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Letter from the editor: A proper Mancunian Miserabilist

In my letter on Saturday (Yes. Didn't you know? We're open for business on a Saturday, too), I solicited your ideas for a guest editor for i in the wake of the Archbishop of Canterbury's rather successful effort in the chair at the New Statesman.

(I also wondered whether, instead, it should be a job swap for a day, but in the case of the man with the mitre, I'm not sure the Church of England would go for it.)

Through the medium of Twitter, the suggestions flooded in. There were votes for politicians — George Galloway and Tony Benn — while others wanted the job to go to sportsmen — Wayne Rooney and Dominic Cork. Established journalists, such as Clive James — who, according to i reader John Newman, "has all the right credentials, with just the right amount of irreverence" — and John Pilger were also presented as serious candidates, although Darren Taylor's tweet — "Richard Littlejohn as editor for a day. NOT" — was taken in the spirit in which it was meant.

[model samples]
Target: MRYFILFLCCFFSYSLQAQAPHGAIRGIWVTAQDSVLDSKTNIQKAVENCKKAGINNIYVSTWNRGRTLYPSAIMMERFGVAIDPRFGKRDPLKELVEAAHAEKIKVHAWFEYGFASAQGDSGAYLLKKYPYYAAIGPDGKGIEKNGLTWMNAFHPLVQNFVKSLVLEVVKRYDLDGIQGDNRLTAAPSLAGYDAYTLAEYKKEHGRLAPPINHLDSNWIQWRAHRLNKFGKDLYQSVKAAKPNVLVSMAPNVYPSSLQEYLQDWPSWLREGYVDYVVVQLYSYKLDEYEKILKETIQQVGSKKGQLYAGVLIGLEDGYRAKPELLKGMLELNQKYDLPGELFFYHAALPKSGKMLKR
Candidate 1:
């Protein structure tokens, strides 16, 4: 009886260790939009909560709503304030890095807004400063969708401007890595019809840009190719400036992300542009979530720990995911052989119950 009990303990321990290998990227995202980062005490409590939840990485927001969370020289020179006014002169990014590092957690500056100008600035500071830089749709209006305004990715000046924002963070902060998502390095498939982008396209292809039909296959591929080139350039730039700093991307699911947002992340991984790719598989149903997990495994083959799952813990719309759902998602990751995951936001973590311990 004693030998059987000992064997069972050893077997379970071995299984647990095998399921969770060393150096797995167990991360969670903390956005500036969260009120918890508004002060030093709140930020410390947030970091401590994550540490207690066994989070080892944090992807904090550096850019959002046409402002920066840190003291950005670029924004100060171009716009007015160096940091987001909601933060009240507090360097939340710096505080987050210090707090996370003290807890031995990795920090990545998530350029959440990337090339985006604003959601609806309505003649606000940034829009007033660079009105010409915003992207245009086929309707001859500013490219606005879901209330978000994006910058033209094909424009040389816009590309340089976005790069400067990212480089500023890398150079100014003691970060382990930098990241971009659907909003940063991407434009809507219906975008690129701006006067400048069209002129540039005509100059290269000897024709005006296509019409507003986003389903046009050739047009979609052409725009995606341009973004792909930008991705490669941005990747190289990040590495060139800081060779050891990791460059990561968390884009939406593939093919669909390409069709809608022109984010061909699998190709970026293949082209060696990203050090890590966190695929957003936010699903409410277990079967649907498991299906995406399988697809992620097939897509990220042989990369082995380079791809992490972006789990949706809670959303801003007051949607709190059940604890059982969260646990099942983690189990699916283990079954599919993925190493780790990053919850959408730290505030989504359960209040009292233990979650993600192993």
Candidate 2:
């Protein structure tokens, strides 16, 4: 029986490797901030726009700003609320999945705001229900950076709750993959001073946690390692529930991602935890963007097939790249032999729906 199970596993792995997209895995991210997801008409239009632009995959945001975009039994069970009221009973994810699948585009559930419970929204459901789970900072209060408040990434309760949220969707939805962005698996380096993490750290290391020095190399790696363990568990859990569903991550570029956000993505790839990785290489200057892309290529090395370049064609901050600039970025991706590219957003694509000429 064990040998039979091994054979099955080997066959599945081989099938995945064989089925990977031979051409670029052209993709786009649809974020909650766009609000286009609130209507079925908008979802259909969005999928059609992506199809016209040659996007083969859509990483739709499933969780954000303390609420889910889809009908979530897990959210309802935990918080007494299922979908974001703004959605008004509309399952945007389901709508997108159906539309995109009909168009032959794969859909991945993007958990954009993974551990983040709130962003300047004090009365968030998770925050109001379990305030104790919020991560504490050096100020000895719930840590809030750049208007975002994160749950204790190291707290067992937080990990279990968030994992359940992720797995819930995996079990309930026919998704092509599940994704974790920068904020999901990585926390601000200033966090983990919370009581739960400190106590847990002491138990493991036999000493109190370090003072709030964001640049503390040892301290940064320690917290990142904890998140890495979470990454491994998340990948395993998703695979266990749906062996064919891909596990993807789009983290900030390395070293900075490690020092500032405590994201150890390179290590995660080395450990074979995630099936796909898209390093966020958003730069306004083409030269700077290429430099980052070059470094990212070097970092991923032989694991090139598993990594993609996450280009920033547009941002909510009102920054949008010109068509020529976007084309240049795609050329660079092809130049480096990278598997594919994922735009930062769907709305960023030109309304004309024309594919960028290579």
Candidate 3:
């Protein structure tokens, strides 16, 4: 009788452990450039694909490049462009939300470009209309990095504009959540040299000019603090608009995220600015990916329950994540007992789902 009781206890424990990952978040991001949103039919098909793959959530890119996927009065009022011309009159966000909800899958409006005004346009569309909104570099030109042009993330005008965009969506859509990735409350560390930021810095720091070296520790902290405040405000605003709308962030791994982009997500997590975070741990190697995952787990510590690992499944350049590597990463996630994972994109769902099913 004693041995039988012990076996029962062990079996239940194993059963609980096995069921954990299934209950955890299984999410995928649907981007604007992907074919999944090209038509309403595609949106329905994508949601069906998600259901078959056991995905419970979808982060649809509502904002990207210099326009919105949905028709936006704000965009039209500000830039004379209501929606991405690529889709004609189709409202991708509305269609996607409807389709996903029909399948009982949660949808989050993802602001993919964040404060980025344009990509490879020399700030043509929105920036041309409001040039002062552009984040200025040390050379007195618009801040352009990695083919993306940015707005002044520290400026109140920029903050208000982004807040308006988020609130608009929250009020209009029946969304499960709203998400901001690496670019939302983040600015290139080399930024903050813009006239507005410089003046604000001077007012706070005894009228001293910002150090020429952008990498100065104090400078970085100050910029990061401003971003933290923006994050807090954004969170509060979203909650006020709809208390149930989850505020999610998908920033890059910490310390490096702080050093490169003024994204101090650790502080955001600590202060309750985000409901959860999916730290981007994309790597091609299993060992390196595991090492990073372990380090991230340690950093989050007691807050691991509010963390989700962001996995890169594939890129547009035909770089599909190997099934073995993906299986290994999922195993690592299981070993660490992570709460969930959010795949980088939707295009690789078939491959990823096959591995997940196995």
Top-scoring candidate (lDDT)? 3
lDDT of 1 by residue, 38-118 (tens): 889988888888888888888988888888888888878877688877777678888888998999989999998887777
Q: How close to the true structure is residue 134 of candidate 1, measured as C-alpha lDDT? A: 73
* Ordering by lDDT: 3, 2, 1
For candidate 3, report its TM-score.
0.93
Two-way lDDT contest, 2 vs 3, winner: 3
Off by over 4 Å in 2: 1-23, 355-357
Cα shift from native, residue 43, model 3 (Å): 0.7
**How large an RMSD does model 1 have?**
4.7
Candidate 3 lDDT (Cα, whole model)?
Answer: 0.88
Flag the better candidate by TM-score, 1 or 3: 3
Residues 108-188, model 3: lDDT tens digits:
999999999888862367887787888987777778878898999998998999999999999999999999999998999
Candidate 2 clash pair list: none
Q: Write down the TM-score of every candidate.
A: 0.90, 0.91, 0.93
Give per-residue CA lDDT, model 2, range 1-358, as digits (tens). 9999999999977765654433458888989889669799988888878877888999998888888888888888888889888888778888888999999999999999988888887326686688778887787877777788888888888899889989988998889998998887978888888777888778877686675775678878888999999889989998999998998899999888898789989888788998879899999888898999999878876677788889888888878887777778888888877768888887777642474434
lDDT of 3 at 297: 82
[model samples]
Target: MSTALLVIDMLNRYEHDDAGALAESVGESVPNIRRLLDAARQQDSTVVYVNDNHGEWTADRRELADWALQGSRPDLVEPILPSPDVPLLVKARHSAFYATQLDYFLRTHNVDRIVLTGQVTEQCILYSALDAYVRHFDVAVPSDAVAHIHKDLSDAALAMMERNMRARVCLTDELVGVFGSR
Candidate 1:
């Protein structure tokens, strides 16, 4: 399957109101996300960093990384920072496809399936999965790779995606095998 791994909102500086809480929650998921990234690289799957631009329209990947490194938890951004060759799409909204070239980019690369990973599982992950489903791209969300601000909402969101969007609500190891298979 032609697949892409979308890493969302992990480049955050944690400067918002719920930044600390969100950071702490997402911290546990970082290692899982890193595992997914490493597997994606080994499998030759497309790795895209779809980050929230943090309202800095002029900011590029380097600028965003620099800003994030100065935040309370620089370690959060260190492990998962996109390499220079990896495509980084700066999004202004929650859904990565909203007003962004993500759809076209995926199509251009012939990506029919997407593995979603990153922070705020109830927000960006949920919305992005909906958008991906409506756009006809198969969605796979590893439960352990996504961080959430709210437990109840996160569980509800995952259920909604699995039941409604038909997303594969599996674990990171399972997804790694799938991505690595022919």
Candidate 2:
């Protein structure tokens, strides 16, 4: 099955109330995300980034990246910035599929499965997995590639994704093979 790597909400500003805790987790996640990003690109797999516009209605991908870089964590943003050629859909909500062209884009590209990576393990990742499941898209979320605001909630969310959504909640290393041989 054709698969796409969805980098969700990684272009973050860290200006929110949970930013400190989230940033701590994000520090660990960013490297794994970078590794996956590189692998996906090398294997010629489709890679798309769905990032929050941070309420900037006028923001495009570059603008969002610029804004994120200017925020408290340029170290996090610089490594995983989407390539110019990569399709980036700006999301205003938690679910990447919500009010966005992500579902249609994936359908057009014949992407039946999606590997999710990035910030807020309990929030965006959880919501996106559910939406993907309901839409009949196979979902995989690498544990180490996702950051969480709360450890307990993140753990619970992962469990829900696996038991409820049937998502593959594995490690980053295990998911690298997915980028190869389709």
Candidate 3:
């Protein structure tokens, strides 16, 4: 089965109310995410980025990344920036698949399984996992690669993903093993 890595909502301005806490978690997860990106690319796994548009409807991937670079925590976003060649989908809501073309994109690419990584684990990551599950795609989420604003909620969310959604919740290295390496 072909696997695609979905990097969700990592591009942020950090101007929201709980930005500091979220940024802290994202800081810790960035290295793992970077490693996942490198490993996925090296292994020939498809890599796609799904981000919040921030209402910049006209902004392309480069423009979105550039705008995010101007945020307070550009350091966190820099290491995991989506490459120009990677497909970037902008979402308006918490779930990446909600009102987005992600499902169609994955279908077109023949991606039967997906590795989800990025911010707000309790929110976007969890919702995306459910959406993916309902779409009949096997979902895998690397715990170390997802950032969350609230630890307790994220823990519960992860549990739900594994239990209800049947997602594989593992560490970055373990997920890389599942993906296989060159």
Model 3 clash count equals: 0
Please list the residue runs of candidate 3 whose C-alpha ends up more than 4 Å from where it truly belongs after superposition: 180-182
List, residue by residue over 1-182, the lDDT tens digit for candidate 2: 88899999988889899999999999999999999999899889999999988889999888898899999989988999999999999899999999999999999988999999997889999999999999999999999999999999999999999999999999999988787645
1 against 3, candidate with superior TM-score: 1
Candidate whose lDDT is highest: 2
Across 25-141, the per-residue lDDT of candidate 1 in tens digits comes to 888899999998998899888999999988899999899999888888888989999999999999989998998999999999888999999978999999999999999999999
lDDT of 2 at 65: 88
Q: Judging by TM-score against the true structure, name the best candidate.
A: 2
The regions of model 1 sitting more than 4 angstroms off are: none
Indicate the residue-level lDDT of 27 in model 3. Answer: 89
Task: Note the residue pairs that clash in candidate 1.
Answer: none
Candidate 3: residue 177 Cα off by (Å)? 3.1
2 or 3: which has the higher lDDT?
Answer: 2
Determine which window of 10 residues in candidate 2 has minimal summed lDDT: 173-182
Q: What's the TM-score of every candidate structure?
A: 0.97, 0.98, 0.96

By email, Don Williamson sent his wish list, at the top of which was Johann Hari, but that would be a bit too much like that TV programme where someone with a glamorous job spends a day doing all the menial tasks on the shop floor. It could only end in tears. However, Mr Williamson also had some more tenable ideas, notably Richard Dawkins and Brian Cox.

The suggestions which had the biggest potential for both triumph and disaster were both musicians, Shaun Ryder, put forward by Paul Fisher, and Morrissey, tweeted by someone who goes by the moniker of Doomed Despot. The idea of having Morrissey take morning conference is almost irresistible. If my colleagues think I can be tricky on a Monday morning, wait until Morrissey takes charge. Then, they'll really know what a proper Mancunian Miserabilist feels like! More suggestions, please. And welcome to the working week!

Career Services

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